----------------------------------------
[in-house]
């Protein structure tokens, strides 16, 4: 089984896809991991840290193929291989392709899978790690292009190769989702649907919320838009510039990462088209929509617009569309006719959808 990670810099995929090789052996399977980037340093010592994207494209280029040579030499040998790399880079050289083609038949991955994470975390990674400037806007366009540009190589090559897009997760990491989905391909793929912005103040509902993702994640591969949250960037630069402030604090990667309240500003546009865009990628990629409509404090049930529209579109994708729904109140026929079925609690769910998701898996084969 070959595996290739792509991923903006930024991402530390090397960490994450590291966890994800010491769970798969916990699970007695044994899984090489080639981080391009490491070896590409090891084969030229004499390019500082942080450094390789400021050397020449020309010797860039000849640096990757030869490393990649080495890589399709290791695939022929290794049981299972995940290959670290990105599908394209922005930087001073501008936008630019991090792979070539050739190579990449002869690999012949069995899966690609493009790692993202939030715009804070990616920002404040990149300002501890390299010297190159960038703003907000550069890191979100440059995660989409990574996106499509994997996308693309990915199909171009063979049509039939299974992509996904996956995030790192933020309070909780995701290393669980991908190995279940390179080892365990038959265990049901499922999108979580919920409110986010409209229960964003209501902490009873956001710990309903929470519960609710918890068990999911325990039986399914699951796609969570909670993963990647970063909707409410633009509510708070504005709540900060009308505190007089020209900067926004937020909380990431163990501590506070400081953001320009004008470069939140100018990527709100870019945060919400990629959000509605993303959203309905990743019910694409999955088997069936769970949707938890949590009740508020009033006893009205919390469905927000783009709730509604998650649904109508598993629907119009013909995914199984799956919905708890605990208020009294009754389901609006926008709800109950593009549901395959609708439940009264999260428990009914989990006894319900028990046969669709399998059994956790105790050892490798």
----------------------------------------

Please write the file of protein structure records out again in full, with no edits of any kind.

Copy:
[in-house]
């Protein structure tokens, strides 16, 4: 089984896809991991840290193929291989392709899978790690292009190769989702649907919320838009510039990462088209929509617009569309006719959808 990670810099995929090789052996399977980037340093010592994207494209280029040579030499040998790399880079050289083609038949991955994470975390990674400037806007366009540009190589090559897009997760990491989905391909793929912005103040509902993702994640591969949250960037630069402030604090990667309240500003546009865009990628990629409509404090049930529209579109994708729904109140026929079925609690769910998701898996084969 070959595996290739792509991923903006930024991402530390090397960490994450590291966890994800010491769970798969916990699970007695044994899984090489080639981080391009490491070896590409090891084969030229004499390019500082942080450094390789400021050397020449020309010797860039000849640096990757030869490393990649080495890589399709290791695939022929290794049981299972995940290959670290990105599908394209922005930087001073501008936008630019991090792979070539050739190579990449002869690999012949069995899966690609493009790692993202939030715009804070990616920002404040990149300002501890390299010297190159960038703003907000550069890191979100440059995660989409990574996106499509994997996308693309990915199909171009063979049509039939299974992509996904996956995030790192933020309070909780995701290393669980991908190995279940390179080892365990038959265990049901499922999108979580919920409110986010409209229960964003209501902490009873956001710990309903929470519960609710918890068990999911325990039986399914699951796609969570909670993963990647970063909707409410633009509510708070504005709540900060009308505190007089020209900067926004937020909380990431163990501590506070400081953001320009004008470069939140100018990527709100870019945060919400990629959000509605993303959203309905990743019910694409999955088997069936769970949707938890949590009740508020009033006893009205919390469905927000783009709730509604998650649904109508598993629907119009013909995914199984799956919905708890605990208020009294009754389901609006926008709800109950593009549901395959609708439940009264999260428990009914989990006894319900028990046969669709399998059994956790105790050892490798």